Camp Victory, emptied of U.S. troops, is handed to Iraqi government

December 2, 2011

The U.S. military transferred control of its sprawling headquarters outside Baghdad to the Iraqi government Friday, a deeply symbolic moment that launched the final month of a nearly decade-long U.S. presence.

The last few soldiers at Camp Victory, a base that once housed 68,000 military personnel and contractors, departed early Friday afternoon. There are currently 12,000 U.S. troops left in Iraq at five bases, down from a peak of 170,000 at 500 bases in 2007, military spokesman Col. Barry Johnson said. All will be gone by the end of the year.

“There was a signing of papers of receivership that gave Iraq custody of the base effective today,” Johnson said. “It’s quite nostalgic. It was the center of gravity for what we were doing here for all these years,” he added.

On Thursday, Vice President Biden and Iraqi Prime Minister Nouri al-Maliki urged Iran not to attempt to exploit the departure of U.S. troops to expand its own influence. They spoke during a ceremony intended to mark the end of the Iraq war at Camp Victory’s marbled al-Faw Palace, built by Saddam Hussein and converted into the nerve center of American power in Iraq for the past 81 / 2 years.

Concerns that neighboring Iran will seek to fill the vacuum left by the departing Americans are foremost in the minds of U.S. policymakers as the war comes to a close. Upheaval in the region threatens to reignite the sectarian divide between Iraq’s dominant Shiites and the Sunnis ousted from power by the U.S. invasion.

Biden, who is on an unannounced visit here, referred to Iran in his speech to the gathering of top Iraqi officials, lawmakers and U.S. and Iraqi troops, saying he was confident Iraq did not want to substitute domination by one foreign power for that of another.

“The Iraqi people will not, have not, and will not again yield to any external domination, and they would never abide another nation violating their sovereignty by funding and directing militias that use Iraqi terrain for proxy battles that kill innocent Iraqi civilians,” he said.

“Militias” is the term U.S. and Iraqi officials use to refer to the Shiite groups that took up arms in the early years of the war with support and funding from Shiite Iran. Some have continued to attack Americans even as they leave, targeting convoys with roadside bombs and firing rockets at the dwindling number of U.S. bases.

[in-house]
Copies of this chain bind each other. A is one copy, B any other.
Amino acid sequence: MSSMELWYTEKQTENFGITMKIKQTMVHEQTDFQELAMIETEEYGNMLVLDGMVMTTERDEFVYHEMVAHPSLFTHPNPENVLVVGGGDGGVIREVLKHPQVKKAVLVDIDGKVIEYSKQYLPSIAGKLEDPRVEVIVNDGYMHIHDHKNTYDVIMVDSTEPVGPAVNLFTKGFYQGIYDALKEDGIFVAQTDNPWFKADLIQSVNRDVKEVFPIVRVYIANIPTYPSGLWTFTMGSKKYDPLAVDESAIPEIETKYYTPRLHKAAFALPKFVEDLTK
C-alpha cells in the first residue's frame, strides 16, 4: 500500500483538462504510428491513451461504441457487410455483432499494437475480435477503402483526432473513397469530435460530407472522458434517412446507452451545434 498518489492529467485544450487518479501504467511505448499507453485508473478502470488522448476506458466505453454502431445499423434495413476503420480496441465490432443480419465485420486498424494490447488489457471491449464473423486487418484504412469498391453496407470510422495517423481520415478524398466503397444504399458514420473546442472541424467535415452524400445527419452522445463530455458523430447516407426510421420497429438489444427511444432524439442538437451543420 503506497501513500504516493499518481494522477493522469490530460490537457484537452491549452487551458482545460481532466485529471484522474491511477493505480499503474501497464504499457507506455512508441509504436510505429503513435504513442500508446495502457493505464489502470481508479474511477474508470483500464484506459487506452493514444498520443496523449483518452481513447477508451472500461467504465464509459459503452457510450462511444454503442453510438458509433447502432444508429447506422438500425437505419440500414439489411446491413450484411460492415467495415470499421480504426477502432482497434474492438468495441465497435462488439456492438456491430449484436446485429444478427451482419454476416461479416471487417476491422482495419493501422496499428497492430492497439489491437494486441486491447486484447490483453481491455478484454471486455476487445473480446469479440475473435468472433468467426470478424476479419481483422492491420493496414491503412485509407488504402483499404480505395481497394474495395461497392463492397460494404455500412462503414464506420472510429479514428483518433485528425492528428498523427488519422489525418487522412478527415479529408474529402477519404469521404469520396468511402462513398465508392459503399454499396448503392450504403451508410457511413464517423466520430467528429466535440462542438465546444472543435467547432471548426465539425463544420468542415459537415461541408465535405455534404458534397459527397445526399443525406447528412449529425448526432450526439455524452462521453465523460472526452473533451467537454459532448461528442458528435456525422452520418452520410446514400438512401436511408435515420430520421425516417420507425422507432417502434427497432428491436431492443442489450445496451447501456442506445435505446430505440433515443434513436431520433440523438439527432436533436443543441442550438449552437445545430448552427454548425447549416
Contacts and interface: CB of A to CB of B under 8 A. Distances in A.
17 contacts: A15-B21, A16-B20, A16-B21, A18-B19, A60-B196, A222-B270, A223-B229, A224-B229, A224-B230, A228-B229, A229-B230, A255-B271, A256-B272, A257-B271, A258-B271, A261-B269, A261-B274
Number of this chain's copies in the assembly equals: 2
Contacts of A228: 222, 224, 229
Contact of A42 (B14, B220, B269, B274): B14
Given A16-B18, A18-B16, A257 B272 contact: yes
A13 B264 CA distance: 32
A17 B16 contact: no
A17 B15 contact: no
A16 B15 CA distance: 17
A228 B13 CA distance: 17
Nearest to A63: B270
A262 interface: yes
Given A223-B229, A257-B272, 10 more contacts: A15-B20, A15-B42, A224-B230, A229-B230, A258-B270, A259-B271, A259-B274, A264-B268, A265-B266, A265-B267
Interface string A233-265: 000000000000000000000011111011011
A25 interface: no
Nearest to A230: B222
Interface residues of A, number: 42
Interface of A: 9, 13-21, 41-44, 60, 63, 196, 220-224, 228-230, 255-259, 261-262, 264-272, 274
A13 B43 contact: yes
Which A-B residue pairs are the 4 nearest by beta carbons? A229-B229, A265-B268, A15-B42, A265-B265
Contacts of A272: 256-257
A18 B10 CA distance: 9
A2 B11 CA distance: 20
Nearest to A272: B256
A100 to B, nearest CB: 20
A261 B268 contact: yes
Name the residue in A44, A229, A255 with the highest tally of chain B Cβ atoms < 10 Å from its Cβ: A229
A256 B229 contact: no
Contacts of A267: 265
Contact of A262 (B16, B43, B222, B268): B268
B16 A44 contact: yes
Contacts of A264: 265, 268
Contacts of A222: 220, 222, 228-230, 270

Maliki echoed the same sentiments in his speech, alluding to the way the Iranian-backed groups have cited the presence of America’s troops to justify violence.

“The withdrawal operation will take away all the slogans that some countries hide behind in order to interfere in the internal affairs of Iraq,” he said.

Reflecting concerns that some of Iraq’s other powerful neighbors, including Sunni Saudi Arabia and Turkey, will also compete to influence Iraq, Maliki said he wanted good relations with “all brotherly and friendly countries, especially the neighboring countries.”

As the ceremonies got underway, 20 people were reported killed in two separate attacks in the province of Diyala. A car bombing killed 13 people, and an attack on the homes of three Sunni Awakening fighters killed seven others, provincial police said.

The ending of the war “doesn’t mean that the threats are over,” Biden said. “But Iraqi security forces have been well-trained, prepared, and you are fully capable of meeting the challenges.”

Liz Sly is the Post’s Beirut bureau chief. She has spent more than 15 years covering the Middle East, including the Iraq war. Other postings include Africa, China and Afghanistan.
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